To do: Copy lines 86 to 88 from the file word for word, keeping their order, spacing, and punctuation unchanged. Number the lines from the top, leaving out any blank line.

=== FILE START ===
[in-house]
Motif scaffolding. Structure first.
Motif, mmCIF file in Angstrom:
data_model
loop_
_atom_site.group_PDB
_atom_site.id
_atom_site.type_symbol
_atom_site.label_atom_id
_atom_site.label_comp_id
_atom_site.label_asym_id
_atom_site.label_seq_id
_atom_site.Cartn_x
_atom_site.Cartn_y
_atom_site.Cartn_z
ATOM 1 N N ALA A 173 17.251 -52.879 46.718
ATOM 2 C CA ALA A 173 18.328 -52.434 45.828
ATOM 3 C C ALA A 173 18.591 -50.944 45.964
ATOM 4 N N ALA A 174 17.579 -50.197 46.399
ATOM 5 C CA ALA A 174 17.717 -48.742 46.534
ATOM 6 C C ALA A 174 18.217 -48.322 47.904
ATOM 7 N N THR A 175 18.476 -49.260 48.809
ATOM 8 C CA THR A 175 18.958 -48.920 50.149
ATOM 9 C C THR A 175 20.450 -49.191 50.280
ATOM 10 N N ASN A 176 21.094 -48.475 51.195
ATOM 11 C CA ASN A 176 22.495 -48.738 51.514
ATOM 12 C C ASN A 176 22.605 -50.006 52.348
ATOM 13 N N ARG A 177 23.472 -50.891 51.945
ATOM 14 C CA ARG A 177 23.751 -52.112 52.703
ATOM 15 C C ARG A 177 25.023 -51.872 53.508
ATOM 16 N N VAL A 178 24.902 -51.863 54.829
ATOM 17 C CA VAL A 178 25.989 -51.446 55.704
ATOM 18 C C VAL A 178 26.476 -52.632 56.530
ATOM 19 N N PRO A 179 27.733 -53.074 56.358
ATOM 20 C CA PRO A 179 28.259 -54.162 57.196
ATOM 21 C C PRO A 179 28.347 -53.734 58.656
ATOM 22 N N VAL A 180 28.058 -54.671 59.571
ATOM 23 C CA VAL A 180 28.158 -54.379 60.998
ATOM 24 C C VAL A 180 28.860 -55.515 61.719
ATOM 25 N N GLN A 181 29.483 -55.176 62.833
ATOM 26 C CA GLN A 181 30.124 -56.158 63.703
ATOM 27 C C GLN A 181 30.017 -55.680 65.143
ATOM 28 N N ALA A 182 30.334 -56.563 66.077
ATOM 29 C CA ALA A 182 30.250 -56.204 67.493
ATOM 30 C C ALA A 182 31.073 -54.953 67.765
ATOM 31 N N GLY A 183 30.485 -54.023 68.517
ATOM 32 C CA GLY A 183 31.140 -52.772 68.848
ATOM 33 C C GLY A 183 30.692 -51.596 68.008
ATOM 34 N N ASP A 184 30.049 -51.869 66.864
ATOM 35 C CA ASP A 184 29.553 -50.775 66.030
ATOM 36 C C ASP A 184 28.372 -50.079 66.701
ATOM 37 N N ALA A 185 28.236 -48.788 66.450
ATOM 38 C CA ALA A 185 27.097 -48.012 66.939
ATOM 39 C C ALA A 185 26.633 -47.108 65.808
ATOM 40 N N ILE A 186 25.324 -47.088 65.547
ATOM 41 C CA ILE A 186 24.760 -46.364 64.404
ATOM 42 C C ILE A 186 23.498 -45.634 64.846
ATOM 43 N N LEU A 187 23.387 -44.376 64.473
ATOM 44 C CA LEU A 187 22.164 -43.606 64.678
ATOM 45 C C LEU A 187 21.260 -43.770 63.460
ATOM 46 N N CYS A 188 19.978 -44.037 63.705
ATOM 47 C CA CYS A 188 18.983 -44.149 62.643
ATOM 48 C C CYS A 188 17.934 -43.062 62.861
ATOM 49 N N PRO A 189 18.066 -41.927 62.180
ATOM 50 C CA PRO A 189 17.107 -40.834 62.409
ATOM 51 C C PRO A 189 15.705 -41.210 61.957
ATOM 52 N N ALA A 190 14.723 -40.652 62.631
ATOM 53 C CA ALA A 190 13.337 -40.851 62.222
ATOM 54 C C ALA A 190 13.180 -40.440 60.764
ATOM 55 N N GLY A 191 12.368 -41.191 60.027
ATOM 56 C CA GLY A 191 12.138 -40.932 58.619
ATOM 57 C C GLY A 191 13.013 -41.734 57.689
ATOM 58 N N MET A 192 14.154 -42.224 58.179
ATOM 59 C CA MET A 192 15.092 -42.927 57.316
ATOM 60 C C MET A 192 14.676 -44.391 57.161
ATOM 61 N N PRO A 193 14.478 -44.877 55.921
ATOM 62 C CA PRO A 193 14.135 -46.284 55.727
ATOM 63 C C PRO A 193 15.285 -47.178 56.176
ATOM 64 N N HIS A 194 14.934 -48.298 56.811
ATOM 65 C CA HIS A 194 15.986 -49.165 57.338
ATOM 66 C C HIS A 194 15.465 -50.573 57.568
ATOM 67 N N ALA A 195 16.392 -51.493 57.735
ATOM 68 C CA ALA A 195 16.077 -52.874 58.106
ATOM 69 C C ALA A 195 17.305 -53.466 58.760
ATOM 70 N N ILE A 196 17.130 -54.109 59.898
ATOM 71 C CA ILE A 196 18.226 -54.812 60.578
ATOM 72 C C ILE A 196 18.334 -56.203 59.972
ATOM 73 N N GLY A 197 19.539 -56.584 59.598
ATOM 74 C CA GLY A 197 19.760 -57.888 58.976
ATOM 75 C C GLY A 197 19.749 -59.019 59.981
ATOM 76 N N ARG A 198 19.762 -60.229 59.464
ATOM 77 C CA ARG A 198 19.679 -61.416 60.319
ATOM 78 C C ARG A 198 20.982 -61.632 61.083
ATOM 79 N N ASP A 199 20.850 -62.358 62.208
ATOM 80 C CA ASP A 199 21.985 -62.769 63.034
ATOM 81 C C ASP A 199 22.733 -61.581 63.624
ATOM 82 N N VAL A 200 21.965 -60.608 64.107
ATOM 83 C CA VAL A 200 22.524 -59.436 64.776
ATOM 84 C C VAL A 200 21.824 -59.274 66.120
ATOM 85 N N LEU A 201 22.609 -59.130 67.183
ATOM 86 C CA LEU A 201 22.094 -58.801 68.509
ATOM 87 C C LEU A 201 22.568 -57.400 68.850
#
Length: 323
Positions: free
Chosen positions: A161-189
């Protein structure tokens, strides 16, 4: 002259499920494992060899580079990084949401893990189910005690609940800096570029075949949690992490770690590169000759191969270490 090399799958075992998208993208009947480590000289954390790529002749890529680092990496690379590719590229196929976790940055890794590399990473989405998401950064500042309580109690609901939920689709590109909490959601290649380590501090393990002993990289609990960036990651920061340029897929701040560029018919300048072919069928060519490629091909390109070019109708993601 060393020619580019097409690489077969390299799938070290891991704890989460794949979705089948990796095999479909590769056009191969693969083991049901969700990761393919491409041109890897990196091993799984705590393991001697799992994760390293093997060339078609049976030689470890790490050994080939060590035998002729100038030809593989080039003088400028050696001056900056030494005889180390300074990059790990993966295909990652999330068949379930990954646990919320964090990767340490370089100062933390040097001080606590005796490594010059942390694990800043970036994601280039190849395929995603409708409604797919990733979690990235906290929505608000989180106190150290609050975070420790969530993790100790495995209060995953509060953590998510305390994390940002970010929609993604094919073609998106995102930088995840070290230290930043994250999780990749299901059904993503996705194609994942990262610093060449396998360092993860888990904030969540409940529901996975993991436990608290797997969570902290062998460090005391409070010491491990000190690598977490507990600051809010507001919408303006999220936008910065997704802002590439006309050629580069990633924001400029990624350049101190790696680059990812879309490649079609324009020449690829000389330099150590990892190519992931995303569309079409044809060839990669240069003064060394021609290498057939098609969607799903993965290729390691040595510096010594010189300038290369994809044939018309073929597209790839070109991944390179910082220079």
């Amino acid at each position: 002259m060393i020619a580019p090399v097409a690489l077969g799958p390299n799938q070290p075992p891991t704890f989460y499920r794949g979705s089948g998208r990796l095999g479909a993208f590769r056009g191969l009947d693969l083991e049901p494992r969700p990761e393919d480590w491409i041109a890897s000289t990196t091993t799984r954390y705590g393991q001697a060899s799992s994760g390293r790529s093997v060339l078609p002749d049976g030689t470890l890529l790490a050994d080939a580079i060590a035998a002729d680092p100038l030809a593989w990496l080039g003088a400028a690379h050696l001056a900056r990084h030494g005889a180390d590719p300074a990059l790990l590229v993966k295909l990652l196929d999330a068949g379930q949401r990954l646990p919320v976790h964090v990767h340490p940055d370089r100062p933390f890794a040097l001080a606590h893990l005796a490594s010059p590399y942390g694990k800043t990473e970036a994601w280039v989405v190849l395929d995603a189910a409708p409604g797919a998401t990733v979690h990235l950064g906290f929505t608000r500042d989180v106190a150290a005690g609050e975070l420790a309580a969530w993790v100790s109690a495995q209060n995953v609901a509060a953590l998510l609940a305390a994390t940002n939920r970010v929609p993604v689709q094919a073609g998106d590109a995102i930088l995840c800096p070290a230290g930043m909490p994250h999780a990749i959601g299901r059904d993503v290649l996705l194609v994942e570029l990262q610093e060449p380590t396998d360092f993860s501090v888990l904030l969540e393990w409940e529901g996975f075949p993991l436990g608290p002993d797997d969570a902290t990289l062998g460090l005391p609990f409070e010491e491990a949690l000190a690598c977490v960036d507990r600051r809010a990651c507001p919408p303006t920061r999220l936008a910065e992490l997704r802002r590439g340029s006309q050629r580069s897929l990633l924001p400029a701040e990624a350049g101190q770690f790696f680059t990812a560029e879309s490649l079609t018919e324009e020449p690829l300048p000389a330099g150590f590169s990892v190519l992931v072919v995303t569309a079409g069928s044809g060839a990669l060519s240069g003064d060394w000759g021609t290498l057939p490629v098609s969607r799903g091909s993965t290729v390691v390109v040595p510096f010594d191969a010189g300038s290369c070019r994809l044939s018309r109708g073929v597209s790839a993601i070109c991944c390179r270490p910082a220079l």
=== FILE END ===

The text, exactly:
ATOM 71 C CA ILE A 196 18.226 -54.812 60.578
ATOM 72 C C ILE A 196 18.334 -56.203 59.972
ATOM 73 N N GLY A 197 19.539 -56.584 59.598